Sports moms personify victory, defeat

Courtesy of Michelle Smith

Michelle Smith has been a sports writer for 25 years, but when she watches her son Matt play sports, her stomach churns because she's his mother.

On the first day that my 16-year-old son walked out to the pitcher's mound this season, I got up and walked out of the stands.

I told the other parents I had to use the restroom, and I stood under the bleachers and waited for his first inning as a varsity pitcher to be over. I heard the ping of the bat and the cheers from the other dugout as one of their guys hit a solo home run. And I stood there until the half-inning ended and he had regrouped, getting the next two guys out to finish the inning -- not that I saw any of it.

Then I went back to my seat, able to breathe a little bit while his team was at bat.

When the next half-inning started and he was headed back out, I stood up. My fellow moms called me out. They cajoled me to sit down and watch my kid. One mom, a good friend, summed it up in terms I could understand, "Suck it up, Buttercup."

So I stayed and watched the next three innings, and it was pretty close to torture.

Not because he didn't pitch well -- he did that day -- but because that's my son out there, standing by himself on the mound, being judged -- by the umpire, the coaches, the opposing players, the fans in the stands -- on whether he can perform. To me, he looks like a young man and my little boy at the same time.

When he succeeds, it's as stressful as it is joyous. When he struggles -- even though I know in my right mind these are the experiences that shape him as a person and an athlete -- it's excruciating.

AP Photo/Young Kwak

Sports is a big part of the Tinkle family. Lisa Tinkle says running the video camera can calm her nerves while watching her children play sports. On top of that, Lisa's husband, Wayne, is the men's basketball coach at Montana.

I have been a sports writer for 25 years. I have watched hundreds of games, often dispassionately, sometimes absent-mindedly, frequently more worried about making deadline and getting a flight home the next morning than the outcome. But watching my child compete makes my insides churn like nothing else because I am his mom.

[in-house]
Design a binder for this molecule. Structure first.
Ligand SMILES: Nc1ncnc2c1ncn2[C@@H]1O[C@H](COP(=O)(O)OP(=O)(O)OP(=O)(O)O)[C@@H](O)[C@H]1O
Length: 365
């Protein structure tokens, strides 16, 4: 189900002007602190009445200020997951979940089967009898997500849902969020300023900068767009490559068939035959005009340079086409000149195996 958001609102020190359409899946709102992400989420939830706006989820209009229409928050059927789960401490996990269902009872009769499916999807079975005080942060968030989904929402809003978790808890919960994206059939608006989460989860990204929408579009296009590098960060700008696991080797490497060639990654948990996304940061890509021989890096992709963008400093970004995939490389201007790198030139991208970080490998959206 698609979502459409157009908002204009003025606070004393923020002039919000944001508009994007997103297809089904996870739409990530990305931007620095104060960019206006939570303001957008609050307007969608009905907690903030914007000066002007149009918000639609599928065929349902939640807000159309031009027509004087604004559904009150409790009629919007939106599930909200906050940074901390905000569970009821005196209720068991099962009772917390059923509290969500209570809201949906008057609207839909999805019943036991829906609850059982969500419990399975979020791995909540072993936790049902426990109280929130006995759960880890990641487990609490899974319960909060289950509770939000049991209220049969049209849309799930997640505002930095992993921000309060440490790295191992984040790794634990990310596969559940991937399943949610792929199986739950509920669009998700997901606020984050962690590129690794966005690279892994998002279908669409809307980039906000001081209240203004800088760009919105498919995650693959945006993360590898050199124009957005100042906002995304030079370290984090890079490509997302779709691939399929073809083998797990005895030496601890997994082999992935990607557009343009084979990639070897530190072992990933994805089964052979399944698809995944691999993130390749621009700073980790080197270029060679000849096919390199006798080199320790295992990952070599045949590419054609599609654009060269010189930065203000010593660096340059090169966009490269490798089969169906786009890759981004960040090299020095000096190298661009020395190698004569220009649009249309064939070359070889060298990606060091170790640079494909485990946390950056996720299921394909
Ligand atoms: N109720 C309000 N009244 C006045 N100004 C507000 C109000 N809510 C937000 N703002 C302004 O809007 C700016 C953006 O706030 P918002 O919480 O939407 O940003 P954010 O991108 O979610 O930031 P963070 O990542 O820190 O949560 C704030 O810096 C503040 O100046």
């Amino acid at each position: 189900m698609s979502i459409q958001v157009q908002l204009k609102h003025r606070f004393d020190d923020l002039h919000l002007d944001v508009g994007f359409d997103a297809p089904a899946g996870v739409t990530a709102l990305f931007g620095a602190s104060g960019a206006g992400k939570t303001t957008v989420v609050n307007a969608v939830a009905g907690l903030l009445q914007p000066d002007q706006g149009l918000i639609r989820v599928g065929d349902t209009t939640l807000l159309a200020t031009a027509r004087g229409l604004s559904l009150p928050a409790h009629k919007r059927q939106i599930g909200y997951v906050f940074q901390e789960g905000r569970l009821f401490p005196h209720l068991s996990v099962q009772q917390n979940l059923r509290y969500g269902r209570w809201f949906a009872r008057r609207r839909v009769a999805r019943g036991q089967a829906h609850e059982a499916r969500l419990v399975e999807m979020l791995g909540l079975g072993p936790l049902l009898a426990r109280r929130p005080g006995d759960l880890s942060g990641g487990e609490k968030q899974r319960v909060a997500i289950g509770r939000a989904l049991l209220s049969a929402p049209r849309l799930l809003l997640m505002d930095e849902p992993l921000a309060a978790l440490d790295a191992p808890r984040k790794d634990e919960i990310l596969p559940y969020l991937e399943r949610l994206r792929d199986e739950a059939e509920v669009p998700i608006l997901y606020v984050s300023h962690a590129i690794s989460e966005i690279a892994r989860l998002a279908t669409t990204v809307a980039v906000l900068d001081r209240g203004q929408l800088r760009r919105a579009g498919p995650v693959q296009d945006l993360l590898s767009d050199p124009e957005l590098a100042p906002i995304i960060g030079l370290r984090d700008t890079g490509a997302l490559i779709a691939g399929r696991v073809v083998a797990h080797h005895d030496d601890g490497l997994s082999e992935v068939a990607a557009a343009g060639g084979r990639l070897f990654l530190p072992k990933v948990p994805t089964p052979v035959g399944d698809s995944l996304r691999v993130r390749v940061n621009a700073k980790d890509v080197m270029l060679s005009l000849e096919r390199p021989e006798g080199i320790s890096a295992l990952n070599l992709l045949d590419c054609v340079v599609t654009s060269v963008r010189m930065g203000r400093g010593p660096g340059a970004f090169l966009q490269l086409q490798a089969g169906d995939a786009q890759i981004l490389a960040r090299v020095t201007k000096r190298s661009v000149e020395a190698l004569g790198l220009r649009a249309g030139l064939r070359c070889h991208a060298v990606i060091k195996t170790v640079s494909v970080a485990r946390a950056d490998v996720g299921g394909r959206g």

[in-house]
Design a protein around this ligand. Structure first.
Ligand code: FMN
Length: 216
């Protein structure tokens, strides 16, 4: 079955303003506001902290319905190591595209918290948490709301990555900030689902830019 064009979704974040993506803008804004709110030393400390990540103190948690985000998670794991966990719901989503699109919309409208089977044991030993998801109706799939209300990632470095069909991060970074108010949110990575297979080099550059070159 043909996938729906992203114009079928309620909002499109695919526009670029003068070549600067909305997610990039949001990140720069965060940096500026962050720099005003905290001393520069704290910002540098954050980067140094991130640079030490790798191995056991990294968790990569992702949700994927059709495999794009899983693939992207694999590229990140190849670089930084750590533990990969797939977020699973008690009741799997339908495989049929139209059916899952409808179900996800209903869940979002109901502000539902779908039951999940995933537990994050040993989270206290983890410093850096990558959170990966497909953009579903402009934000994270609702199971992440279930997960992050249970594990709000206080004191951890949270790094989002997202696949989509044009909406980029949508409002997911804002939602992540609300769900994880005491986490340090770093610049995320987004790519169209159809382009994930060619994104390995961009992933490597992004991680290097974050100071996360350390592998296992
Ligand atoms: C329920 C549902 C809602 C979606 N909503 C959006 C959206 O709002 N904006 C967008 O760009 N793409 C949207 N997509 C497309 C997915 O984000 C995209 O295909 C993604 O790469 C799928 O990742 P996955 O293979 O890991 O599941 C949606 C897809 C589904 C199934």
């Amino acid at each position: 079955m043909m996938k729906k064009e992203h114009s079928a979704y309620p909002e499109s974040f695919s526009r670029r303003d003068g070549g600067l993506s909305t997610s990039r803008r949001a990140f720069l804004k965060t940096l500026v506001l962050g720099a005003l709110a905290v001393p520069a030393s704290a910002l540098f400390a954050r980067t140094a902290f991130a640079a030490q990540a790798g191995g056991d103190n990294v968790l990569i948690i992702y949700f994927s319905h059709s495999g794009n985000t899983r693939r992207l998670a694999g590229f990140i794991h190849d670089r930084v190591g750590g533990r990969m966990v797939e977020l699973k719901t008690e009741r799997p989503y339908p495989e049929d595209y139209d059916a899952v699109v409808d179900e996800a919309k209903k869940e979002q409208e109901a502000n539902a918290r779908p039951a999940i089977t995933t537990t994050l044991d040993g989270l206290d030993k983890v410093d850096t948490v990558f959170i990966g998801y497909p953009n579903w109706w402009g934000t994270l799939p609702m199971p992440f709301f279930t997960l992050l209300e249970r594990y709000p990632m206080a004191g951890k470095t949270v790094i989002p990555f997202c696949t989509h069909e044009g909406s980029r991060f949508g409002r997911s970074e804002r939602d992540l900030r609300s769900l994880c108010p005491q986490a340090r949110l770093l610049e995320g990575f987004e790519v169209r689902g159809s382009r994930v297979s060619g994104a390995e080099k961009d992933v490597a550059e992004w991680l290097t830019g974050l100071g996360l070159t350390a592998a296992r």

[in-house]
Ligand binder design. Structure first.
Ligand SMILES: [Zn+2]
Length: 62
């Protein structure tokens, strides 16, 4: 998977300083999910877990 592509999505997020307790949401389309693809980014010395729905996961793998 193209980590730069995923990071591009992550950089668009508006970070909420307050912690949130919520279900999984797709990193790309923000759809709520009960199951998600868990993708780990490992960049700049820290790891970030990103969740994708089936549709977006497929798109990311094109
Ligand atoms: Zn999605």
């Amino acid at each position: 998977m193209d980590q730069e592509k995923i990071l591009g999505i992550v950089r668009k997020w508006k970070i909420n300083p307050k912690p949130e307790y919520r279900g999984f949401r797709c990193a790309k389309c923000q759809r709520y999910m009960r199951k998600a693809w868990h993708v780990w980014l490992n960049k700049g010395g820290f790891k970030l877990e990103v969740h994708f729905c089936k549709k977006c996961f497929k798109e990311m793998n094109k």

Raising an athlete is, without a doubt, a distinct experience in the adventure of parenting. You regularly bear witness to successes and failures. You get to watch growth, maturity and, in the rockier moments, the places where your kid still needs to find his or her way. You get to teach lessons about friendship, sportsmanship and moving past adversity and learn them in a way that no other experience as a mother can quite replicate.

"Sports have been an integral part of our lives," said Lisa Tinkle, the wife of Montana men's basketball coach Wayne Tinkle. Her three children, Joslyn, Elle and Tres, grew up with the game. Joslyn just finished her college career at Stanford. Elle will be a sophomore next year playing at Gonzaga. Tres is finishing up his sophomore season as an all-state star, his high school team in Missoula winning the state championship. "There have been so many lessons. We used to talk about them all the time, and we still do. You want them to be good players, good athletes, but mostly good people."